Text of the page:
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With Chávez gone, what do his young opponents want now? (+video)

A vibrant youth movement played a major role in Venezuela's beleaguered opposition during the rule of Hugo Chávez. 

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To his supporters, Rivas is a courageous youth leader willing to use whatever passive methods he can to challenge a repressive Venezuelan government.

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The government and Chávistas, however, think he’s a violent militant, a CIA operative, and a pawn of the US in its attempt to discredit and even overthrow the Chávez  government.

At the age of 25, Rivas has been arrested, imprisoned, gone through multiple hunger strikes, vilified, and praised.

“There’s a warrant for my arrest now,” he tells the Monitor during an interview conducted while driving in his black SUV through backstreets of upscale Caracas neighborhoods. “I’ve had to move to a different location out of the city for a while.”

Rivas was a preschooler when Chávez led an unsuccessful coup d’état in 1992. “What I remember from Chávez was violence, … death in the streets,” he says. “That was my first memory of him.… That was my formation.”

Rivas was a teenager when he says the Chávez government expropriated his father’s plastics business, forcing his family to flee to the US, where they live today.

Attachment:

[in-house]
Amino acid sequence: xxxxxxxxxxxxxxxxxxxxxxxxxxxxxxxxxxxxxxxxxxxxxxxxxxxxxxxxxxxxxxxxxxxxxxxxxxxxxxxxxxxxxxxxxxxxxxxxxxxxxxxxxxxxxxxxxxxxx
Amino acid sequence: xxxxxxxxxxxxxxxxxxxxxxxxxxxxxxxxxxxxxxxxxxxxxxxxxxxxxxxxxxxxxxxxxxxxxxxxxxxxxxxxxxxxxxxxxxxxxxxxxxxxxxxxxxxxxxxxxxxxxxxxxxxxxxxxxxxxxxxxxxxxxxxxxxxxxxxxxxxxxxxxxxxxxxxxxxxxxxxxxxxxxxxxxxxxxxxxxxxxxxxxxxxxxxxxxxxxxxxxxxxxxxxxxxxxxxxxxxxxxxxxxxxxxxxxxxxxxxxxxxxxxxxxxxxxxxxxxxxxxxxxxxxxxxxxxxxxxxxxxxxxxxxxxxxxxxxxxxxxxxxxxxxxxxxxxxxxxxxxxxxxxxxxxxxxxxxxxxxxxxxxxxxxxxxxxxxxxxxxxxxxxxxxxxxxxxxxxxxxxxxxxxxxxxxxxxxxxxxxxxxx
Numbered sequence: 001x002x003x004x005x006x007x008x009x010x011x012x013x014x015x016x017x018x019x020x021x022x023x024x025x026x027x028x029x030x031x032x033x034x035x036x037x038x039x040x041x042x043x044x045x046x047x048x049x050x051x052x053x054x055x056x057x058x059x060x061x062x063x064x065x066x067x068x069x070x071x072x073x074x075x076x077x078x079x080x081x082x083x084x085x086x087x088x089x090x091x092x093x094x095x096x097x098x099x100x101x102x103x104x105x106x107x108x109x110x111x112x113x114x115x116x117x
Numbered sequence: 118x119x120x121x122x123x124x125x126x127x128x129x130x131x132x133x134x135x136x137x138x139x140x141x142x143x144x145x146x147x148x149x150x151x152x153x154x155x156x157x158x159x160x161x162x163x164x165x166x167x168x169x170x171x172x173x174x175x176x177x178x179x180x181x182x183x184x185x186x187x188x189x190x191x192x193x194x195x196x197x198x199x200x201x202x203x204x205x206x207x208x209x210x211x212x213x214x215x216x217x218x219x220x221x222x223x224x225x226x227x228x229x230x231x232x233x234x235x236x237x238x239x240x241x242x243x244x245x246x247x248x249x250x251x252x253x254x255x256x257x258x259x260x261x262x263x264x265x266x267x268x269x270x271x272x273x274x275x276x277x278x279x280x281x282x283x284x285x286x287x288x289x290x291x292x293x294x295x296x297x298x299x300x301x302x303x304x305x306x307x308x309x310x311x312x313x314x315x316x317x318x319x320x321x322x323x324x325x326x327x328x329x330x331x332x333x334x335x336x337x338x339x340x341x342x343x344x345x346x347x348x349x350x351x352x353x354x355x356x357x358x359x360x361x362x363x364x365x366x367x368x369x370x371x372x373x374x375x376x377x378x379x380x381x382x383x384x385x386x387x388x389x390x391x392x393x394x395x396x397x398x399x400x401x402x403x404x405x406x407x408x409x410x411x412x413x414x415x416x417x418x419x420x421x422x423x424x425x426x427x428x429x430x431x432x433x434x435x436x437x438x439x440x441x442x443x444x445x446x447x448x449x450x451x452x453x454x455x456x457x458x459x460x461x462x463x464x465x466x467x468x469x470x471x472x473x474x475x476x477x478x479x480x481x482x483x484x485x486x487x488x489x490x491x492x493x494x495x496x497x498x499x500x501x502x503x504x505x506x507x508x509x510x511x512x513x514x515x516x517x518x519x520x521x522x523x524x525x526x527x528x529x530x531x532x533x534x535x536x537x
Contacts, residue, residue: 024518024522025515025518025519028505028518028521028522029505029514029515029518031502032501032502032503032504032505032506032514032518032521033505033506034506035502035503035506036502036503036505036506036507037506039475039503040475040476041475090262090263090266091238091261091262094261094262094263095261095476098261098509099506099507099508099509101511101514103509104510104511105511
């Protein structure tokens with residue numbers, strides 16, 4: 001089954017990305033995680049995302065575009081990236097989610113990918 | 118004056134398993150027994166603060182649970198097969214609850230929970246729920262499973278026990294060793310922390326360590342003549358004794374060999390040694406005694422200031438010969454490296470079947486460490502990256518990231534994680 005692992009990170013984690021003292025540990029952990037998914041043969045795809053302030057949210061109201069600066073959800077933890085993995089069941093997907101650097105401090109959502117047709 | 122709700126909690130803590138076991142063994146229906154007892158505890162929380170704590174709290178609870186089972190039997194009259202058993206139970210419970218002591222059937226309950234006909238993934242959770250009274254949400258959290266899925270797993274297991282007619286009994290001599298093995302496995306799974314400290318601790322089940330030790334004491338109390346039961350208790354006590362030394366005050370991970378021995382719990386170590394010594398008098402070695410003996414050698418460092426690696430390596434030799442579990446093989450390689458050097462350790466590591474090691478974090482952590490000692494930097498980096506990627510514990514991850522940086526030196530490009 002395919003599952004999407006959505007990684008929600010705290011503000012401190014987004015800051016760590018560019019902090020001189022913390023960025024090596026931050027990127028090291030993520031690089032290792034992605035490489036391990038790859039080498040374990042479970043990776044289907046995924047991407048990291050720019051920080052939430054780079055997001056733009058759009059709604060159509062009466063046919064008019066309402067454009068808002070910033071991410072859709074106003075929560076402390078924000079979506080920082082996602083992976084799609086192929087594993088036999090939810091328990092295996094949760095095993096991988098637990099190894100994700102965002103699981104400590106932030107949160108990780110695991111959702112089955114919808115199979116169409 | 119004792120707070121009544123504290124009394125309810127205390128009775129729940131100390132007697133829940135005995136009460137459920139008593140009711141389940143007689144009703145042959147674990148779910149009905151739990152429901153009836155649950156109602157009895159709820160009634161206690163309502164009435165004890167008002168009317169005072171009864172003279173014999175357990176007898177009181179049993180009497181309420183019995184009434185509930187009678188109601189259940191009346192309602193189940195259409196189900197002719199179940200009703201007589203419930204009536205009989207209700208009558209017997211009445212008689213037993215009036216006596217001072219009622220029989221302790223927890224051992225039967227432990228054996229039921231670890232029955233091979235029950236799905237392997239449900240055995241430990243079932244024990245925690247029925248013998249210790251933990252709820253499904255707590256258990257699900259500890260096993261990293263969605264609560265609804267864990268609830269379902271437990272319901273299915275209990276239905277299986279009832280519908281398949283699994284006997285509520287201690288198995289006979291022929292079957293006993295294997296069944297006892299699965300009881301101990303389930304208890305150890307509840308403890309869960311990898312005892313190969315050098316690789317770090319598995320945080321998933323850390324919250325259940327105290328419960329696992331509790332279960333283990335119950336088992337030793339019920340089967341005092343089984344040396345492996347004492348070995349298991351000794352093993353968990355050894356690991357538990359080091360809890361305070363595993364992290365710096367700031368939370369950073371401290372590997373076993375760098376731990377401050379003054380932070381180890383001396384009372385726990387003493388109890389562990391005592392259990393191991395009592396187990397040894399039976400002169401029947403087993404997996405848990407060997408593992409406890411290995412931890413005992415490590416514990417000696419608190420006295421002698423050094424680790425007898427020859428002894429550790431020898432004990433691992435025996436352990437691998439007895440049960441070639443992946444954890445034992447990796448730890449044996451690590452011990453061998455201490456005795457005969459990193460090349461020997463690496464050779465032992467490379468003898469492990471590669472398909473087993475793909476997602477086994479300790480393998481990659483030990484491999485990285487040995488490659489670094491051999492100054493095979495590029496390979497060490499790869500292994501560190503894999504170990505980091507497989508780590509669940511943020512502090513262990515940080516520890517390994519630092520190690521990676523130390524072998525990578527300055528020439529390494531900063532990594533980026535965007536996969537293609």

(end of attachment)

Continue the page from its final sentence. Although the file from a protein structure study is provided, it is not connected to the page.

Only 15 when his family left, Rivas stayed behind in Venezuela, alone. He put himself through school and then university. Last year, he won a legislative seat in the state of Carabobo, an opposition stronghold.

He helped found JAVU in 2007, the year that Chávez proposed a constitutional referendum. University student protests helped defeat the referendum, handing Chávez a stinging loss.

Two years later, when Chávez successfully reformed the constitution to abolish term limits, Rivas was arrested and thrown in jail for three weeks. The government said he was trying to set off a civil war.

Internet chat forums filled with speculation about Rivas, suggesting he might be funded by the CIA or by USAID. He was released from jail after going on a hunger strike.

“We don’t receive any funding from anyone outside,” Rivas says. Venezuelans in exile in the United States did help the group organize initially, but Rivas says that it’s Venezuelan civil society that keeps them afloat now.

Will influence endure?

While the group has been a lightning rod for criticism in the past, it is unclear how influential they can be in a post-Chávez Venezuela.

“They think they’re more important than they are,” says an organizer for a youth movement that supports Chávez's socialist party who said he could only speak anonymously due to the group’s rules. “They are on the margins.”

The country’s elections commission on Saturday set the election to replace Chávez for April 14. Interim President Nicolas Maduro, whom Chávez chose as his successor, will likely face Henrique Capriles Radonski.

Chávez beat Capriles, governor of Miranda state, by 11 percentage points in last year’s presidential elections. 

Rivas says the youth groups have “a line of contact” with Capriles, whom they support. But the group will not be campaigning for him.

Instead, Rivas says they will be calling for a change to the election system, including overhauling a process he says gives an unfair advantage to the socialist party by providing real-time information about who is voting. 

“We’re trying to change the system,” he says, “not win an election.”  

* Andrew Rosati contributed from Caracas.

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